Notice of Online Archive

  • This page is no longer being updated and remains online for informational and historical purposes only. The information is accurate as of the last page update.

    For questions about page contents, contact the Communications Division.

By Stephen Wilson

After recent stints on the small screen (Blue Bloods and Chicago Med) and a summer of filming Netflix’s version of the Broadway revival he starred in (Boys in the Band), Brian Hutchison ’93 was back on campus to speak with a directing class and critique monologues in an acting class. 

Brian Hutchison '93 smiles for the cameraHe shared five things with students—the stuff he wished he knew then—in hopes they can use it as they pursue careers in acting. 

No. 1: Go to Grad School

I went to the University of San Diego for my MFA in acting because I didn’t want a plan B. The actors I saw in New York who impressed me all had advanced degrees. So I thought that is what it must take to get where they are. It’s important to extend your skills, and you will always have teaching as an option.

No. 2: Idle Time Is a Trap

Do anything that has nothing to do with acting. You can’t just sit around waiting for your phone to ring. It’s important to stay mentally and physically healthy. Being busy as an actor is ideal, but when not busy, fill your days with fulfilling activities. I run a photography business, taking headshots of actors and corporate leaders. I also record audiobooks regularly. For fun, I play guitar, travel, and spend time with family and friends. Find things to fill your time with that you care about. These talents can help you as an actor. Fluency in anything, like a language, music, speech, movement, fight choreography, and dialects, is valuable. These are ways to still be involved in the business when you are not performing.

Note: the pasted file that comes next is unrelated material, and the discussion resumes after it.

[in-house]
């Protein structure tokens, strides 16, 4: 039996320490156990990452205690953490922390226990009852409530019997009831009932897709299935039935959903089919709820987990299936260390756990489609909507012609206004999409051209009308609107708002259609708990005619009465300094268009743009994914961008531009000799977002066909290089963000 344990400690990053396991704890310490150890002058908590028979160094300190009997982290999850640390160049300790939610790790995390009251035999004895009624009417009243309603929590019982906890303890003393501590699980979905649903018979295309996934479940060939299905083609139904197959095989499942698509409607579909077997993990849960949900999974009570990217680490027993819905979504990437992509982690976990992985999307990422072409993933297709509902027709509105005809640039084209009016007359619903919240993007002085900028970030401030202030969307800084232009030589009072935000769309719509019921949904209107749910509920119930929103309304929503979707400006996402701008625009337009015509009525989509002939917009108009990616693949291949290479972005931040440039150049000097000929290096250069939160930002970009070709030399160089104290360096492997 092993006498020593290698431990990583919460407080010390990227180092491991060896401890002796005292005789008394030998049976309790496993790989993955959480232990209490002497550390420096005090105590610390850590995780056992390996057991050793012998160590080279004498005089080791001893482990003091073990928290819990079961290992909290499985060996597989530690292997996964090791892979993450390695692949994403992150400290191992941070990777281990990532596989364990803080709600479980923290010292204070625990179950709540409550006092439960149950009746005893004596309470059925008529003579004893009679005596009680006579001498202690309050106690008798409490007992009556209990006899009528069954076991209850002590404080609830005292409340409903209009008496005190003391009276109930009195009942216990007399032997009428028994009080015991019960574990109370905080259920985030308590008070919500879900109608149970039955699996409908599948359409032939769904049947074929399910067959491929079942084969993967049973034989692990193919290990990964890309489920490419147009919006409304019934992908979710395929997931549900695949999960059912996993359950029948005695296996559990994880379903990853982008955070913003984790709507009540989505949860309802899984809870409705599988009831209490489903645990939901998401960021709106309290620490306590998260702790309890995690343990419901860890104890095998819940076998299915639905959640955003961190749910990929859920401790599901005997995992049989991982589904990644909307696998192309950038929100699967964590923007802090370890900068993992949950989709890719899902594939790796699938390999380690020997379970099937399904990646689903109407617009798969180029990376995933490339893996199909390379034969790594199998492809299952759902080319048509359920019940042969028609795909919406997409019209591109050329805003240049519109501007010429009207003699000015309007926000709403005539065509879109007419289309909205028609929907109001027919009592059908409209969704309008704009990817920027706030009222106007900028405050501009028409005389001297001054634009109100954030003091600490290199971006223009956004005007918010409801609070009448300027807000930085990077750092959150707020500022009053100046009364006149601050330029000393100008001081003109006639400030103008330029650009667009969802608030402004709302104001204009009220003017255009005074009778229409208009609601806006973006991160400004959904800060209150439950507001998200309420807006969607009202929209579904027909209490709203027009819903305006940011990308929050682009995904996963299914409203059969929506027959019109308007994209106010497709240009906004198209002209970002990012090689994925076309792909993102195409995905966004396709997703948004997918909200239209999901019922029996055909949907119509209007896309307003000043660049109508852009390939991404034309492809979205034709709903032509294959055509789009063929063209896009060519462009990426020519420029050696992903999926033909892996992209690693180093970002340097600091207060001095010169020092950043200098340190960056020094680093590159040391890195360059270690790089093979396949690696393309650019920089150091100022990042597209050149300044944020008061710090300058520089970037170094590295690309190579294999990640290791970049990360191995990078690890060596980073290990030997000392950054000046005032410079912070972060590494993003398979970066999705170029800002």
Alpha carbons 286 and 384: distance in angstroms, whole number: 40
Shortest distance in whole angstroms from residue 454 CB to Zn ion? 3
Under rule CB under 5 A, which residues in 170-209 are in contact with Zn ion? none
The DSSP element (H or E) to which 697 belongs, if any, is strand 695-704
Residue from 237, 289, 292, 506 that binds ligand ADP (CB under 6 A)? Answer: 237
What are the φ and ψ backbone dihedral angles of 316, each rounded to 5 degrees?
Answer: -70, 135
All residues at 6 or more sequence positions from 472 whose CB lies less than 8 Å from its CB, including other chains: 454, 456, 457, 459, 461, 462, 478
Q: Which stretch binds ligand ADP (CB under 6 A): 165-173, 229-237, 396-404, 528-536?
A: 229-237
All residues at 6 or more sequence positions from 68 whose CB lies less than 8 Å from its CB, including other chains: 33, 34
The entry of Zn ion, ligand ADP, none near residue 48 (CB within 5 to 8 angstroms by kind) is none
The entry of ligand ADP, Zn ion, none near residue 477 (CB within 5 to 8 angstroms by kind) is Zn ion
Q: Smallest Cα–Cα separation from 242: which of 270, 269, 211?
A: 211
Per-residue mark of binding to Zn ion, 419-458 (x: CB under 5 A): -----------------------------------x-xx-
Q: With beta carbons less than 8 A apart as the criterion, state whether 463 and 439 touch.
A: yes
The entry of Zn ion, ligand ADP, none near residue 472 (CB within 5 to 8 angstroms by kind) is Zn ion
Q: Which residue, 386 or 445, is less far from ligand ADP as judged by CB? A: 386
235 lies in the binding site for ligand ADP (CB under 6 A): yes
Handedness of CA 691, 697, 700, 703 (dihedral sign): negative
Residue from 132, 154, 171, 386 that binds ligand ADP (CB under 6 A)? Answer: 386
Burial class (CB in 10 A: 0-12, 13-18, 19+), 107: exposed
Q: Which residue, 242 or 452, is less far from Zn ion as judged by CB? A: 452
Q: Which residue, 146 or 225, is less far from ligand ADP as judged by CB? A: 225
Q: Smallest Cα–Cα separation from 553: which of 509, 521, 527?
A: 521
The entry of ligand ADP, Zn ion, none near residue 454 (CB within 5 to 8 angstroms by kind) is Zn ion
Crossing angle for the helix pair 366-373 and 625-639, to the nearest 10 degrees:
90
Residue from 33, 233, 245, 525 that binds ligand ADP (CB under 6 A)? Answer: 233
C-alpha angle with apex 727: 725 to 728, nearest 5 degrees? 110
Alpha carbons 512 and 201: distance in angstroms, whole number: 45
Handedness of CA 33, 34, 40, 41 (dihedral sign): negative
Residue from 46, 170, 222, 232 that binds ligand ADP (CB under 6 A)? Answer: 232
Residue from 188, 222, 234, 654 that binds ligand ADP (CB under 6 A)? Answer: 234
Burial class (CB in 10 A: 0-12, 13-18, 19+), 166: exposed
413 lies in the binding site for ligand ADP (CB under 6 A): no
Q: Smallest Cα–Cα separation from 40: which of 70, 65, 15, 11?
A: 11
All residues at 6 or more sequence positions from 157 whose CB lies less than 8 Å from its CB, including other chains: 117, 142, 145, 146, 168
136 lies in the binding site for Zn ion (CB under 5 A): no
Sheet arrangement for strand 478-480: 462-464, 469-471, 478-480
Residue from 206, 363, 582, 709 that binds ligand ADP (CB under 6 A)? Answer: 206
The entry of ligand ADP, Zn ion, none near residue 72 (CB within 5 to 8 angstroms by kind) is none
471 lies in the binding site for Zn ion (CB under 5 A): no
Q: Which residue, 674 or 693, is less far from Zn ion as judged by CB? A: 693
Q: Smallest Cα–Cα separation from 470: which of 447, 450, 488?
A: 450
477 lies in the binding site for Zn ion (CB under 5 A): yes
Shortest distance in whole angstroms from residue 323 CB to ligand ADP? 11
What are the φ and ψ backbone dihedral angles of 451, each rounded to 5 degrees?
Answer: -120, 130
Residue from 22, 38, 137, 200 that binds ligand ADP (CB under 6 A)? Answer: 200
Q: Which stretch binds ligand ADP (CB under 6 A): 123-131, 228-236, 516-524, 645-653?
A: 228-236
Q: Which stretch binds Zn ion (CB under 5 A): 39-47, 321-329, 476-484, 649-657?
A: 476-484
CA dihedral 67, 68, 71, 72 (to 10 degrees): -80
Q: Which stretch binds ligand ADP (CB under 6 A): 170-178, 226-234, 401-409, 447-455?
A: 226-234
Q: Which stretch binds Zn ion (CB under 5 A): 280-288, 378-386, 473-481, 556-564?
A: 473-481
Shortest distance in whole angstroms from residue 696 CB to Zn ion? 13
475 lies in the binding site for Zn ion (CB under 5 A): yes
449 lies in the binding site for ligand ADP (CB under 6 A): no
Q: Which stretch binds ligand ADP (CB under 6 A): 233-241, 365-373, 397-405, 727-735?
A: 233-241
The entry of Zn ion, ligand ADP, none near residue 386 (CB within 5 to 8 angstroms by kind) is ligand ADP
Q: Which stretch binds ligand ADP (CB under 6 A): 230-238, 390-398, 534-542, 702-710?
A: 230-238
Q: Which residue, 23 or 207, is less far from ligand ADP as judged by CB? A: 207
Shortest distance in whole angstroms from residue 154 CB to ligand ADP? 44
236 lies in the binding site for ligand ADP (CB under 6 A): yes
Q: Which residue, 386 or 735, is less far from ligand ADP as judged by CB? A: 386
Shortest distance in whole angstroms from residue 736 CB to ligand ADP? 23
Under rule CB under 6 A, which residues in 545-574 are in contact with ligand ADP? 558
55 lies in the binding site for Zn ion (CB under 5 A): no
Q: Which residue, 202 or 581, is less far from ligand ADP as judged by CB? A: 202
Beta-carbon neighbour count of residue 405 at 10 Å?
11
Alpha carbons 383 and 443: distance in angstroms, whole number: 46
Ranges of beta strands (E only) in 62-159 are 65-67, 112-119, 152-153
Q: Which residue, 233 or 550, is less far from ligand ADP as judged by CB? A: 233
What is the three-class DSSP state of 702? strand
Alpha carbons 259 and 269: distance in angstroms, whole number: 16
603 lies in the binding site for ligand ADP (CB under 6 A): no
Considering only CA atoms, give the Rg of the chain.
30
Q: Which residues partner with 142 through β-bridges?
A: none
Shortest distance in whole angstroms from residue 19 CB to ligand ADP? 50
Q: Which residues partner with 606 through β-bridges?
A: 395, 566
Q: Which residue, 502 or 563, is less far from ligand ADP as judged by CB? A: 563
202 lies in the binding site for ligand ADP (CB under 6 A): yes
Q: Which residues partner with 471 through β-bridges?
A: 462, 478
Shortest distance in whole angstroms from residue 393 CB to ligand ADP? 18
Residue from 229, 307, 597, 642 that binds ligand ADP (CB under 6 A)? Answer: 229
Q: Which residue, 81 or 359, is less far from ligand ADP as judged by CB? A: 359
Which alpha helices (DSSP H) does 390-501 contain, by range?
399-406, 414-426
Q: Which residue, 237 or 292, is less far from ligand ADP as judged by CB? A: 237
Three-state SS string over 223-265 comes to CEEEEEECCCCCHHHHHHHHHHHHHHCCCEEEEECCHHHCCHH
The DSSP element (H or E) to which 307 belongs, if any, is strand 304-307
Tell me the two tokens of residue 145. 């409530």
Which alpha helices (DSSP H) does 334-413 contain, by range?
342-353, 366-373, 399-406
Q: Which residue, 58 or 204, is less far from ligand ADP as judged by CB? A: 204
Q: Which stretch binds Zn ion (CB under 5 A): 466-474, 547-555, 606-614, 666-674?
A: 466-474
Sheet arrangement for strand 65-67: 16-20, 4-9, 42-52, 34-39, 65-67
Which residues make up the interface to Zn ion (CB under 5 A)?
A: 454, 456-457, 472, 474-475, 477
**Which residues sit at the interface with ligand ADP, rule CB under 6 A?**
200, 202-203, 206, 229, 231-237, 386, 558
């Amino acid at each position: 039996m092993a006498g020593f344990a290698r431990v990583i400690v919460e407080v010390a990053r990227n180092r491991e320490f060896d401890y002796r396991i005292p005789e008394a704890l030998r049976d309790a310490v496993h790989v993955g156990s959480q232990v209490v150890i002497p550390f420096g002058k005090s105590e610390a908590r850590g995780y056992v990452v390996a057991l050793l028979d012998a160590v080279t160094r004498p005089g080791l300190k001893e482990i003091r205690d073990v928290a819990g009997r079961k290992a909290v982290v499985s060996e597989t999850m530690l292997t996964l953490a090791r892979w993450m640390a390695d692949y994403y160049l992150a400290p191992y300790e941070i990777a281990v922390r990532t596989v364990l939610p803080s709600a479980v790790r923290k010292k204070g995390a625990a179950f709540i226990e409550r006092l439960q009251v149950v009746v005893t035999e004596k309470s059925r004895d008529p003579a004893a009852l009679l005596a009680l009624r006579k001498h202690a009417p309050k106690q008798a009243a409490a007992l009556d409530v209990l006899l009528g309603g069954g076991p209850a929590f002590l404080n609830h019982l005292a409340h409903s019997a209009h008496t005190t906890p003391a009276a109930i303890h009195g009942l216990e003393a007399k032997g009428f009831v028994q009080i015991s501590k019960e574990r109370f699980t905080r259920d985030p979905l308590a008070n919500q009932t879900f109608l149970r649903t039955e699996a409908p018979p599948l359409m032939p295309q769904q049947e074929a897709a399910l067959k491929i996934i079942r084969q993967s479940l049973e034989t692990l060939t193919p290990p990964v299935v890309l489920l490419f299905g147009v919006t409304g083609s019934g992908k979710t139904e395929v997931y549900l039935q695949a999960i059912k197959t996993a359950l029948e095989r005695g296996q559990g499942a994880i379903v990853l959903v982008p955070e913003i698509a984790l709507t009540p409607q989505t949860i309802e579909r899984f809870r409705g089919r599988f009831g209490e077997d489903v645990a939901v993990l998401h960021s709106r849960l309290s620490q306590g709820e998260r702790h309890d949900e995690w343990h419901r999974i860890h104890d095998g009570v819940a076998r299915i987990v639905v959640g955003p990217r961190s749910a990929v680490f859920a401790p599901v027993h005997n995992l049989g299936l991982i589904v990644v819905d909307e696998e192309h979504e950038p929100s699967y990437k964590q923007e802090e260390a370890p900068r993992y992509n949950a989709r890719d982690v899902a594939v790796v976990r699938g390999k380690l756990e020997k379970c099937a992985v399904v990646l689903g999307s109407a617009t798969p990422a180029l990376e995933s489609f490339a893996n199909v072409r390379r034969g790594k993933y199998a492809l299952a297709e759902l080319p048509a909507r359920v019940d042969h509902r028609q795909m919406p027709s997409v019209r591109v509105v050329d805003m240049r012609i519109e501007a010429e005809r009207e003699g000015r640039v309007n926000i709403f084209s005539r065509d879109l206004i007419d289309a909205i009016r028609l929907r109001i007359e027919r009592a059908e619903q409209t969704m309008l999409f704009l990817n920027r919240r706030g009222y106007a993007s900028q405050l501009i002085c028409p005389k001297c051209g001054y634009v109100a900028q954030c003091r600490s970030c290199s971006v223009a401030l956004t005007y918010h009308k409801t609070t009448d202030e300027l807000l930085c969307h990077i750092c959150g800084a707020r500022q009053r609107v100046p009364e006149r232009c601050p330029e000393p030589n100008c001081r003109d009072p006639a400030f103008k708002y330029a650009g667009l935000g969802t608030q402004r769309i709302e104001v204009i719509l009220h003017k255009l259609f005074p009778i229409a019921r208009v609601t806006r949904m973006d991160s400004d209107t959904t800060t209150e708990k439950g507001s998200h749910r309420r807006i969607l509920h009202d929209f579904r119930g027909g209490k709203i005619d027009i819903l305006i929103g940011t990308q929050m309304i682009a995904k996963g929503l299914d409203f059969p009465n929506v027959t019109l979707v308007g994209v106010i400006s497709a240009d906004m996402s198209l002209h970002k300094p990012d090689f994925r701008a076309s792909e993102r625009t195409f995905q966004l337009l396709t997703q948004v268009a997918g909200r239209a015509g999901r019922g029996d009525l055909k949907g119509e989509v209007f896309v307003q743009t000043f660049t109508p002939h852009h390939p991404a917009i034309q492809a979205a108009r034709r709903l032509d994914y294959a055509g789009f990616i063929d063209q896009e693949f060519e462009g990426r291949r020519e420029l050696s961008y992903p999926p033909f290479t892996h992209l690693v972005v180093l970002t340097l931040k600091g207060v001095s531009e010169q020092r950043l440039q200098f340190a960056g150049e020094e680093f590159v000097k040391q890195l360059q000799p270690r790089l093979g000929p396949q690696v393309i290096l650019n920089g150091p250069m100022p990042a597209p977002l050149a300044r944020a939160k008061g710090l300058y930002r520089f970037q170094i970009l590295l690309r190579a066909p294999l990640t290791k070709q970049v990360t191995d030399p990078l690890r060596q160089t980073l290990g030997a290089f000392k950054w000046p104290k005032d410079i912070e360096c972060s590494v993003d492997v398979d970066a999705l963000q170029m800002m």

No. 3: Be Your Own CEO

The industry is not easy; it’s competitive and not always an actor’s fault if work isn’t coming in. No one is clamoring for your arrival in this business, so it’s important to be ambitious and assertive in order to start making a name for yourself. You have no control over casting decisions, so all you can do is audition well and know how to audition for stage, television, voice work, and commercials since they are all different. Be open to all of it and understand the business of acting. You may be busy one week and sit around the next week.

No. 4: You’re Part of a Community 

When opportunity knocks, you want to have the talent to back it up. But it is all about timing and connections. It also helps to be present in the community, but that takes time and patience. So be kind to everyone you meet. You never know when the assistant you meet will be a full-fledged agent later. So have that forethought and be nice.

No. 5: Create Content

Create your own work. With outlets like Vimeo and YouTube, creating content and getting it out there is easier than when I started. Casting agents ask what have you done and if you have tape. So be proactive and empowered. The ball is in your court to show yourself in the best light.

Categorized in: Academic News, Alumni, Alumni Profiles, Alumni Success Stories, Art, Careers, Featured Alumni Success Stories, Featured News, News and Features, The Arts, Theater